A largely sidewalk-free stretch of Sandy Springs Circle will get a multi-use trail, and two of its travel lanes will be converted to on-street parking, in a major redesign slated for early 2017.
The $7 million project targets the third-of-a-mile section of Sandy Springs Circle between Hammond Drive and Mount Vernon Highway. While the work is still a year away, the city held an open house to review the designs on March 9 at the Sandy Springs United Methodist Church Activities Center.
More than 50 residents attended in the open house’s first hour, expressing general approval of sidewalks, but concerns on whether it would worsen traffic. City consultants and officials said it won’t and that a traffic study has been done.
The more pedestrian-friendly design is part of the city’s 2012 City Center Master Plan proposal for the street, which runs past Heritage Sandy Springs’ historic site and two shopping centers. The plan calls for roomy walkways separated from street traffic by wide strips of grass. The west side of the street would get a 12-foot-wide multi-use path in addition to a 6-foot-wide pedestrian-only sidewalk. The east side would get a 10-foot-wide sidewalk, reduced to 8 feet along Heritage Green Park to reduce right-of-way impact. Both sides of the street would get new trees, though some likely will be removed for the project as well.
Currently two lanes in each direction, the street would be converted to one lane each way. About 75 on-street parking spaces would be added on both sides of the street, largely as a traffic-calming measure, and partial medians with left-turn lanes would be installed. The actual pavement’s current width of 48 feet would remain the same.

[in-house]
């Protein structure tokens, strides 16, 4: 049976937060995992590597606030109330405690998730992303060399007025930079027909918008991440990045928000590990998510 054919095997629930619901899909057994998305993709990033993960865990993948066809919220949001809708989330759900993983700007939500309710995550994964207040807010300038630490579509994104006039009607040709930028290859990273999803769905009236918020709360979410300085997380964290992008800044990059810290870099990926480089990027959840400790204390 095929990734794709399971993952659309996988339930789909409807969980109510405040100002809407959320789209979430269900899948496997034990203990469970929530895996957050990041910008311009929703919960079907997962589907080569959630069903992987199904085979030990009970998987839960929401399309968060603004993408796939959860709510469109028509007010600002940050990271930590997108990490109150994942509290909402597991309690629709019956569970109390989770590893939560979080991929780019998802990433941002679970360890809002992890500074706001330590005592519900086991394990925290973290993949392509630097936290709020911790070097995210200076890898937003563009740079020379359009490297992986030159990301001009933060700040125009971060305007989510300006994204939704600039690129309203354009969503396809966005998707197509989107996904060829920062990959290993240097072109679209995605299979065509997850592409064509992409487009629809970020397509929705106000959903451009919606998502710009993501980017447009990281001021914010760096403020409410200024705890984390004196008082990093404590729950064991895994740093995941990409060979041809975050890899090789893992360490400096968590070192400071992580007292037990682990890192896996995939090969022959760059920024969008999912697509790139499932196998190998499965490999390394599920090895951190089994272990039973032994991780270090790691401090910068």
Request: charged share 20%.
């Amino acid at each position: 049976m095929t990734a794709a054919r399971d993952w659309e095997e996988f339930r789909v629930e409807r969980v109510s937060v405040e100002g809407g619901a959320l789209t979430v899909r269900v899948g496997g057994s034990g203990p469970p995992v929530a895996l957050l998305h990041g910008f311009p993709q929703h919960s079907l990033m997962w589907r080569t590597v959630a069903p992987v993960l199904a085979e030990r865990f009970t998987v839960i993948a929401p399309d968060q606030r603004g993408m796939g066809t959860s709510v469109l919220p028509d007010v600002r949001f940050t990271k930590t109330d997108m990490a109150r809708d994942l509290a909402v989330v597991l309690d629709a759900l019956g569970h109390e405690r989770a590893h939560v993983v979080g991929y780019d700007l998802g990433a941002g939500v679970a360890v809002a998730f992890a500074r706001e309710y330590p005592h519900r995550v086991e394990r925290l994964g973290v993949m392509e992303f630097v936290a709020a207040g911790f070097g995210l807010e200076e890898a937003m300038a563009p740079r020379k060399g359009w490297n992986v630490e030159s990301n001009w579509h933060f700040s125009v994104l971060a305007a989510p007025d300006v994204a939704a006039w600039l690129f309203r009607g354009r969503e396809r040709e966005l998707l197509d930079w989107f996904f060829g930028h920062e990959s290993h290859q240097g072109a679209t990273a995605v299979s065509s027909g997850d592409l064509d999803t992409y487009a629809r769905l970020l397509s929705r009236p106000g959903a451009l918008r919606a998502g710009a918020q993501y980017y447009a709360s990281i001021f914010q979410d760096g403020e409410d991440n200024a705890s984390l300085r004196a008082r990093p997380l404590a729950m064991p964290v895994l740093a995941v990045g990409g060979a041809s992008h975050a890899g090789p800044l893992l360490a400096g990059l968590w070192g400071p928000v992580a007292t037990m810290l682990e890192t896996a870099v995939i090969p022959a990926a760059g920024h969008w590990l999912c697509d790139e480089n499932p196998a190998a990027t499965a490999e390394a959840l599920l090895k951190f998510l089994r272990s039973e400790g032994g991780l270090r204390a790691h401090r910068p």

The plans lack a mid-block pedestrian crossing, as one open house attendee noted. Andrew Thompson, the city’s capital programs manager, said such a crossing is not allowed under federal design rules. But the design includes some brick-paved bulb-outs to shorten the crossing for pedestrians who cross anyway, he said.
The multi-use trail wouldn’t connect to much except regular sidewalks, but is part of a trail master plan being built out over time. “The hope is, [in the] long view, we’re going to build a multi-use path network,” said Thompson. “We’re trying to piece together as much as we can.”
A similar trail may be part of a planned reconstruction of the Mount Vernon/Sandy Springs Circle intersection, a separate project that may happen sooner, city officials said. That project is part of the City Springs redevelopment underway and will include reducing the grade of the Sandy Springs Circle hill, which currently blocks views of oncoming traffic.
The Sandy Springs Circle streetscape project would require retaining walls in some areas. The work would involve lane closures, but not a total street closure, city officials said. The city still needs to acquire right of way on an estimated 11 parcels.
A city consultant is accepting public comments on the Sandy Springs Circle proposal through Fri., March 18 at email@example.com or via postal mail at Michael Baker International, c/o Beth Ann Schwartz, Project CC-10, 420 Technology Parkway, Suite 150, Norcross, GA 30092.